SYRACUSE, N.Y. -- Penn Traffic Co. here last week said it would not make a scheduled $8.6 million interest payment, leaving it to bondholders to decide the next move.
The company, which is in the process of negotiating a consensual, prearranged restructuring, actually owed the payment in mid-December, but took advantage of a 15-day grace period which expired Dec. 30. In mid-December Penn Traffic said it intended to make the payment by that deadline.
Bondholders could choose to request that all principle and interest be paid on the notes -- for the $200 million of 8-5/8% senior notes due 2003 -- or they could decide to do nothing about the missed payment at this time.
Financial advisers to the informal committee of bondholders could not be reached for comment.
"The ball is in the bondholders' court," said John Wlodek, a high-yield analyst with Imperial Capital, Beverly Hills, Calif. "They have to decide whether to accelerate their rights and call for immediate payment.
"On the other hand, you don't want to throw the company into a freefall bankruptcy. Bondholders realize that the value of the bonds depends on the health of the business. If you throw it into bankruptcy without an organized plan it can have a negative effect on customer traffic and trade creditor support."
Wlodek said that the best solution for all stakeholders is "to have closed-door meetings and come up with an acceptable restructuring plan that would not disrupt business operations."
Ted Bernstein, a high-yield securities analyst with Grantchester Securities, New York, said that bondholders do not want to force a prolonged, lengthy Chapter 11. "Accelerating the entire obligation is at this point probably detrimental to the entire process," he said. "What is preferable is for all parties to come up with a plan for a prepackaged bankruptcy."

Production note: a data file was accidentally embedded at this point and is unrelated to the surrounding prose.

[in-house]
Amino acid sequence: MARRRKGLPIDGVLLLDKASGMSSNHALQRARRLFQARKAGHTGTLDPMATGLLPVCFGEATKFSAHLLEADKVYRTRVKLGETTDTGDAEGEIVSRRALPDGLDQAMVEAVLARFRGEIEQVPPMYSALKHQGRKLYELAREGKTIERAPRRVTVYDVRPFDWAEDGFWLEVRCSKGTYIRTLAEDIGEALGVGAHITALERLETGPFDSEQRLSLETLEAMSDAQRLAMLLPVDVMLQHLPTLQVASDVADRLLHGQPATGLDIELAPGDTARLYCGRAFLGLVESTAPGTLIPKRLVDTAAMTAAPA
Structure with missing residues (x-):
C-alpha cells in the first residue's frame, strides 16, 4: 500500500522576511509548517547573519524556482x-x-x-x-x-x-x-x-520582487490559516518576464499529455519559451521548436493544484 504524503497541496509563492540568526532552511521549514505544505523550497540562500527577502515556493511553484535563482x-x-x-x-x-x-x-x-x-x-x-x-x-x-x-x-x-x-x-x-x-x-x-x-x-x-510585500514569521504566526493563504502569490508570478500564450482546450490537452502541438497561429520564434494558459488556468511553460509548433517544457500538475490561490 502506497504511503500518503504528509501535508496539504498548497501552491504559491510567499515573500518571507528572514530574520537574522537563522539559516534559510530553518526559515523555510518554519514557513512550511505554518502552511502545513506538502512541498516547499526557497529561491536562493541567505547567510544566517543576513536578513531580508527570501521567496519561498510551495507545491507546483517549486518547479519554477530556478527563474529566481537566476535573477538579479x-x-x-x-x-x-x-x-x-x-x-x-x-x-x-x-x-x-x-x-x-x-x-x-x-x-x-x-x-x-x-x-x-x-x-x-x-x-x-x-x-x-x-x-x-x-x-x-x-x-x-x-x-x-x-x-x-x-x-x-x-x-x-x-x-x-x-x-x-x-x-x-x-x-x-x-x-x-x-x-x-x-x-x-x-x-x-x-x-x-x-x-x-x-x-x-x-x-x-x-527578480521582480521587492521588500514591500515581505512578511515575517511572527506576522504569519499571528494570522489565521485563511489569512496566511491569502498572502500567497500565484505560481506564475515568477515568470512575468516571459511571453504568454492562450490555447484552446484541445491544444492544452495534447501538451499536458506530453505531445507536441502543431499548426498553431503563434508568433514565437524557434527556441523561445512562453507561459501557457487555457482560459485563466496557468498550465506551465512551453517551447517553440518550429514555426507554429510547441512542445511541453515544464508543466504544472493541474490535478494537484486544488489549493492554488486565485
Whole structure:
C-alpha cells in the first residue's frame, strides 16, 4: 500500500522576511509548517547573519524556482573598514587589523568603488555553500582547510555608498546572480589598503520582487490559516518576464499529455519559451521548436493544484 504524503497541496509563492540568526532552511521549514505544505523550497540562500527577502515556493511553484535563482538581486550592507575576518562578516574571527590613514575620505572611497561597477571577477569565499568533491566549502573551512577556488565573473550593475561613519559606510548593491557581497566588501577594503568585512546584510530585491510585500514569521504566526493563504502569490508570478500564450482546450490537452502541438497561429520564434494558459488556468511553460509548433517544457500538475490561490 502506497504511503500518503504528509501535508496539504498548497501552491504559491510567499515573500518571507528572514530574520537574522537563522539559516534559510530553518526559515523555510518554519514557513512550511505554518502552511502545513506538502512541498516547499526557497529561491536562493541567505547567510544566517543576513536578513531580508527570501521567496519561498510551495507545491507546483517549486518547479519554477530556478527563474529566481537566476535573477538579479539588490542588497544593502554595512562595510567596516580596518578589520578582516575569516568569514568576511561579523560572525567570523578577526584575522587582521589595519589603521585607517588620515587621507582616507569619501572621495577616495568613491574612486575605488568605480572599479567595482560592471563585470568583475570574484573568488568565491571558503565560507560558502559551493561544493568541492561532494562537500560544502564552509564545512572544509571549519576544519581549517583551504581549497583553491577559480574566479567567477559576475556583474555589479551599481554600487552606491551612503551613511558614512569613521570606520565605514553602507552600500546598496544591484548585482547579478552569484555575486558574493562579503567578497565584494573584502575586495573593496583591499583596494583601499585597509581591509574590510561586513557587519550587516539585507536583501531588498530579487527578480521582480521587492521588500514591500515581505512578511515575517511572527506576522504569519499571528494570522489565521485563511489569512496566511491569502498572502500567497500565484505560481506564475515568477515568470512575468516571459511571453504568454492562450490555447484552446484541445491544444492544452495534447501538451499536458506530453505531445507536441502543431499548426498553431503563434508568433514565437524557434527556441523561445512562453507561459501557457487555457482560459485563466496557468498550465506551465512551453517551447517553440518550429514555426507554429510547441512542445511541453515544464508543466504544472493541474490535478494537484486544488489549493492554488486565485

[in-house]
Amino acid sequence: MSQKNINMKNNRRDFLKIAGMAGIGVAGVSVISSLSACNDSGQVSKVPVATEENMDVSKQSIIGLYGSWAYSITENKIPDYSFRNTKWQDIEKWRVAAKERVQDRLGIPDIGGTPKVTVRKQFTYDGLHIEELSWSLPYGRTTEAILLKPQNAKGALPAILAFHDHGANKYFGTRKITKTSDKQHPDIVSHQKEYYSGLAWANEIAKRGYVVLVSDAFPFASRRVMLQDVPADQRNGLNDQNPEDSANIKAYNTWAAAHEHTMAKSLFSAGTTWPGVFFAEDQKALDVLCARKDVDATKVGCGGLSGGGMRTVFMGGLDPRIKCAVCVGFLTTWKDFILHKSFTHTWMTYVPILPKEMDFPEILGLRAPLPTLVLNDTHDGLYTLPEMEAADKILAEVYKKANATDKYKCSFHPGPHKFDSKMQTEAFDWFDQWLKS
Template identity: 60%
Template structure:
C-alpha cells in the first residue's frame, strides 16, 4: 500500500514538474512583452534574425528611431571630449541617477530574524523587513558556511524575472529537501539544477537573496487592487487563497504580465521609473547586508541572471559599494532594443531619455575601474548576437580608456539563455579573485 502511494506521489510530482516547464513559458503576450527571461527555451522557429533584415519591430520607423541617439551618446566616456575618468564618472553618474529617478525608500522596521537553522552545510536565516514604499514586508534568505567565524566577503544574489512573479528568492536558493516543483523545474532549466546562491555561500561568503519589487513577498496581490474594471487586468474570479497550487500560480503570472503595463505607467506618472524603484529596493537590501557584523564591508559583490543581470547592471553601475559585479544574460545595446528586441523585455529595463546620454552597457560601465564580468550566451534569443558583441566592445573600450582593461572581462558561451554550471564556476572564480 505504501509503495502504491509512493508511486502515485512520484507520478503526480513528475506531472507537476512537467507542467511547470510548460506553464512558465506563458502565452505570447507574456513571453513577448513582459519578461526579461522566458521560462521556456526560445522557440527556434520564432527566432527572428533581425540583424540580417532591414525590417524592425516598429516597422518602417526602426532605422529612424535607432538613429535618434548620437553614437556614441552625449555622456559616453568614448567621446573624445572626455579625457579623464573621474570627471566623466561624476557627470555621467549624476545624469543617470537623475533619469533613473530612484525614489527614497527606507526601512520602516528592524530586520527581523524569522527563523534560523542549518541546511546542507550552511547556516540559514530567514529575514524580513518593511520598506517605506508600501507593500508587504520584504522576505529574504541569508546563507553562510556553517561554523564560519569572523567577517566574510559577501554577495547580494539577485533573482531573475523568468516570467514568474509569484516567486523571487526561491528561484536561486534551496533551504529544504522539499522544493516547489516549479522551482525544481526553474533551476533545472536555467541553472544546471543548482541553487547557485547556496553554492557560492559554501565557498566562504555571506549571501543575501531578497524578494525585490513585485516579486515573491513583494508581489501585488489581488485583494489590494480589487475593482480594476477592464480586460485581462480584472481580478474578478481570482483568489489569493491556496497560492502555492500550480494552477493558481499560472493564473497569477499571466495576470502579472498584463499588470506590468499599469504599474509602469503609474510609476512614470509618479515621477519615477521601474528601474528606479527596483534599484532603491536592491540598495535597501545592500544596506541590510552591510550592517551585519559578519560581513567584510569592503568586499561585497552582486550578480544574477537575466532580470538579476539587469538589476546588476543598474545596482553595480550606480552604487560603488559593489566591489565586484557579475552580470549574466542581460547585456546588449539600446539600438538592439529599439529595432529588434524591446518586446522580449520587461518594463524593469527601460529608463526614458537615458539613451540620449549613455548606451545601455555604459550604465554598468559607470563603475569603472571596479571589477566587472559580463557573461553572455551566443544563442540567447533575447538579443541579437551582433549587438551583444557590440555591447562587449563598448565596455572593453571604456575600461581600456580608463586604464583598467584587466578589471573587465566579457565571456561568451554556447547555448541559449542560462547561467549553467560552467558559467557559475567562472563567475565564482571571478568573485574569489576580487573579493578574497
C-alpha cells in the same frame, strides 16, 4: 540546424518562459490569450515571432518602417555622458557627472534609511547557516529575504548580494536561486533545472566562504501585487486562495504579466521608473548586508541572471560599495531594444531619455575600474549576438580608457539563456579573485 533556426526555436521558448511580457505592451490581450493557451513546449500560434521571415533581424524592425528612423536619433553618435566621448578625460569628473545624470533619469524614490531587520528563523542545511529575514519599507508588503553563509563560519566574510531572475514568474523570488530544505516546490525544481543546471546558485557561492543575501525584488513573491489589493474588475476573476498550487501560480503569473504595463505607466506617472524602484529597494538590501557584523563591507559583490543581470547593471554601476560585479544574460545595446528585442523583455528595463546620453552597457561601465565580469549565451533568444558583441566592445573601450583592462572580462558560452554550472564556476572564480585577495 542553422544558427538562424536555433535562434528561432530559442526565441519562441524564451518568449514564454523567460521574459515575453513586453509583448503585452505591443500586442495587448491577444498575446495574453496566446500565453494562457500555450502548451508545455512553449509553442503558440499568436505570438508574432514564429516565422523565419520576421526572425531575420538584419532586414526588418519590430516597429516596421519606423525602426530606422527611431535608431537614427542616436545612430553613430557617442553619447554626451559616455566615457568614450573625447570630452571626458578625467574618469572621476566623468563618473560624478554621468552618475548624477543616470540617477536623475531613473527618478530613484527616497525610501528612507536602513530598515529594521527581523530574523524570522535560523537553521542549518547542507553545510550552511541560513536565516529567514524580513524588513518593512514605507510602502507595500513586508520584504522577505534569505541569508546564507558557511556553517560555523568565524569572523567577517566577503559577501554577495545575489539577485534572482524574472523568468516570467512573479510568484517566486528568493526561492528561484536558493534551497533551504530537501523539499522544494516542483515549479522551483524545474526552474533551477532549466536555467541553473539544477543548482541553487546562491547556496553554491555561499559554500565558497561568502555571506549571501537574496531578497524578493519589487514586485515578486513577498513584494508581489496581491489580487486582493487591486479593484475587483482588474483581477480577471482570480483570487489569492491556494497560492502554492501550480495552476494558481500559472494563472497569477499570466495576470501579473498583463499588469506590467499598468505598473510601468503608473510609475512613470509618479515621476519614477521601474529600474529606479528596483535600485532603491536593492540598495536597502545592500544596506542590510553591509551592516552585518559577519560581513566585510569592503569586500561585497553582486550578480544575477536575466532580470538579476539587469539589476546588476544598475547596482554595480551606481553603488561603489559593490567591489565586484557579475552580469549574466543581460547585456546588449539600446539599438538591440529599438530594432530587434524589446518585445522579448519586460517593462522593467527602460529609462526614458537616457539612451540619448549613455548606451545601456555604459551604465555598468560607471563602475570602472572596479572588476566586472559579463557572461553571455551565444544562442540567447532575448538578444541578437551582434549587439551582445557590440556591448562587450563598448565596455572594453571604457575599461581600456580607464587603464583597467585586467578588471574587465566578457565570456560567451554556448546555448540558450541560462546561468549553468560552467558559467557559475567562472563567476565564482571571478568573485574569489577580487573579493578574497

Marc Jampole, Penn Traffic spokesman, declined to comment on what the bondholders will decide.
Asked about the likelihood that the company's restructuring would result in a Chapter 11 bankruptcy filing, Jampole said, "There's consensual agreement to restructure. The form of it may be a prepackaged Chapter 11. There's a good possibility."
As previously reported, the company is in discussions with bondholders on the terms of its restructuring. The intention of the restructuring is to convert a substantial portion of its $1.13 billion of senior and subordinated notes to equity. The company has said that any restructuring proposal it makes will provide for payment in full of all obligations to trade creditors that continue to be supportive with customary trade credit and terms.
"So far, our trade creditors have responded very favorably to our announcement that we will provide payment in full," Gary D. Hirsch, chairman of Penn Traffic, said last week. "There has been no change in our trade relations since the announcement."
Bernstein said the restructuring will result in some form of Chapter 11. "At the end of the day this company is going into Chapter 11, either preplanned or prepacked or freefall," he said. "That's the bottom line. The sooner this gets into bankruptcy court in the form of a prepackaged Chapter 11, the better. Otherwise, asset values deteriorate."